Safest Asthma Medicines

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The Centers for Disease Control and Prevention estimates that there are currently about 7 million children in the United States with asthma. This means that many parents are looking for the safest asthma medications for their children. While some natural treatments can be effective with asthma, more severe cases often require daily medication and rescue medication in the event of an asthma attack. There are two main types of asthma medications that are used. Anti-inflammatory medications reduce inflammation to prevent the airway from narrowing while brochodilators expand the air tubes.

Safest Rescue Asthma Medication

Asthma rescue medications help stop an asthma attack once it has already started so they are an essential part of asthma management in children. Rescue or quick relief asthma medications include albuterol, levalbuterol and pirbuterol. Rescue medications can be given by using an inhaler or a nebulizer. As with any medication, it is important to follow the recommended dosing instructions closely to avoid serious side effects. While there are some minor side effects associated with most rescue medications, the risk of a serious asthma attack outweighs the risk of side effects from the medication. It’s important to consult with your child’s pediatrician to be sure you are using the correct dose of the medications and that your child’s asthma is under control. If your child needs to use a rescue medication for his asthma more than a few times a week, his asthma may benefit from an additional medication to help control his symptoms.

Asthma Controller Medications

Many children with asthma need to go on a controller medication to keep their asthma symptoms under control. A controller medication is not used to replace a rescue medication. It is used to keep asthma symptoms under control so that the rescue medication is not needed as frequently. Controller medications are generally taken daily, whether your child is experiencing any asthma symptoms or not, to keep your child as symptom-free as much as possible. Controller medications include inhaled steroids, long-acting bronchodilators or medications that use a combination of the two. Inhaled steroids are safe in the recommended amounts, but many parents prefer to try other alternatives before having their child use those on a regular basis.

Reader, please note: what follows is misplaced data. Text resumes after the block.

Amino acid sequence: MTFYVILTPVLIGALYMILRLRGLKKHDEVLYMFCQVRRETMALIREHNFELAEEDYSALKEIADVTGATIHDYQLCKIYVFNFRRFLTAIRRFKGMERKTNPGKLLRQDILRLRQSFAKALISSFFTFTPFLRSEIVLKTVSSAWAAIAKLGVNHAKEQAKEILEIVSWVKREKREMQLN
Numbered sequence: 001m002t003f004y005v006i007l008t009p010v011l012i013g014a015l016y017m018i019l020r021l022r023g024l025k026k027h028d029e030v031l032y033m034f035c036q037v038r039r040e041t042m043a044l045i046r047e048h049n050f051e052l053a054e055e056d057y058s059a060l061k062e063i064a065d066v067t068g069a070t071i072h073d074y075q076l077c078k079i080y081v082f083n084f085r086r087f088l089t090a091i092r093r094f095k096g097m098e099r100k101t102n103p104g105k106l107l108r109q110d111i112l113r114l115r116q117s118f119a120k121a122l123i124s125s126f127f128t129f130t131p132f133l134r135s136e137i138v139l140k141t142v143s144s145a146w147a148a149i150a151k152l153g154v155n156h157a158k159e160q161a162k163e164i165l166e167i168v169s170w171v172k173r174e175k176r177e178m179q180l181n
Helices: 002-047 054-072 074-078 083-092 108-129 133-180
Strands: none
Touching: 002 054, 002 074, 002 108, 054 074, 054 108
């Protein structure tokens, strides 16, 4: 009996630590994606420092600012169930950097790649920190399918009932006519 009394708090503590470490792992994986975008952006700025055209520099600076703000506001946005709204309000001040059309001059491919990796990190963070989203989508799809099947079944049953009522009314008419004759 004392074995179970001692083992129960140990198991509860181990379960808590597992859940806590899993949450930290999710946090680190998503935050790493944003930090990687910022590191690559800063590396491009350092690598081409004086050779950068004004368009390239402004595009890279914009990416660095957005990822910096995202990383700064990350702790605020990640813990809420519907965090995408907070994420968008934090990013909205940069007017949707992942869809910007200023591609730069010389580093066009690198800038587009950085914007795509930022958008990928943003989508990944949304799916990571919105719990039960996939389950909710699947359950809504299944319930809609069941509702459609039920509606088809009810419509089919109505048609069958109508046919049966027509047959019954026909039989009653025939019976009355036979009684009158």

Oral Corticosteroids

Severe asthma attacks that do not respond to your child’s regular asthma treatment plan often need to be treated with oral corticosteroids. Oral corticosteroids have more side effects than most asthma medications and are not designed for long-term use, but in the event of a severe asthma attack they are often necessary to get asthma symptoms under control and help an asthmatic child breathe. Short-term use often has relatively few side effects. Longer term use of oral corticosteroids can include growth restriction, weak muscles, lower resistance to infection and high blood pressure. Children who have a frequent need for oral corticosteroids should be evaluated by a pediatrician or asthma specialist to determine what steps can be taken to safely control their asthma in the future.

Allergy Medications for Children with Asthma

Asthma and allergies often go hand-in-hand. Children with asthma often need to make sure their allergies are under control to control their asthma. Prescription allergy medication is often used to prevent allergy-related asthma attacks but over-the-counter allergy medication can be used as well. Asthmatic children may do better in certain climates, depending on what their allergies are. An allergy specialist can help determine exactly what your child’s allergies are and how to best control them. Many parents find that eating local honey can help reduce allergies in children. The National Honey Board is unable to substantiate claims that honey will improve allergies, but many parents report, first-hand, positive experience with its benefits.

Preventive Measures for Treating Asthma

The best medicine is always prevention. Children with asthma may be more prone to respiratory infections and illness. Frequent hand washing, especially during cold and flu season, can help prevent illness. Parents should keep children with asthma away from other children who are showing symptoms of illness. Eating a well-balanced diet, rich in fruits and vegetables, can help strengthen a child’s immune system and make it easier to fight off illness, which is so important for children with asthma. Parents can learn what substances and situations tend to set off their child’s asthma and work to limit exposure to keep asthma symptoms under control.

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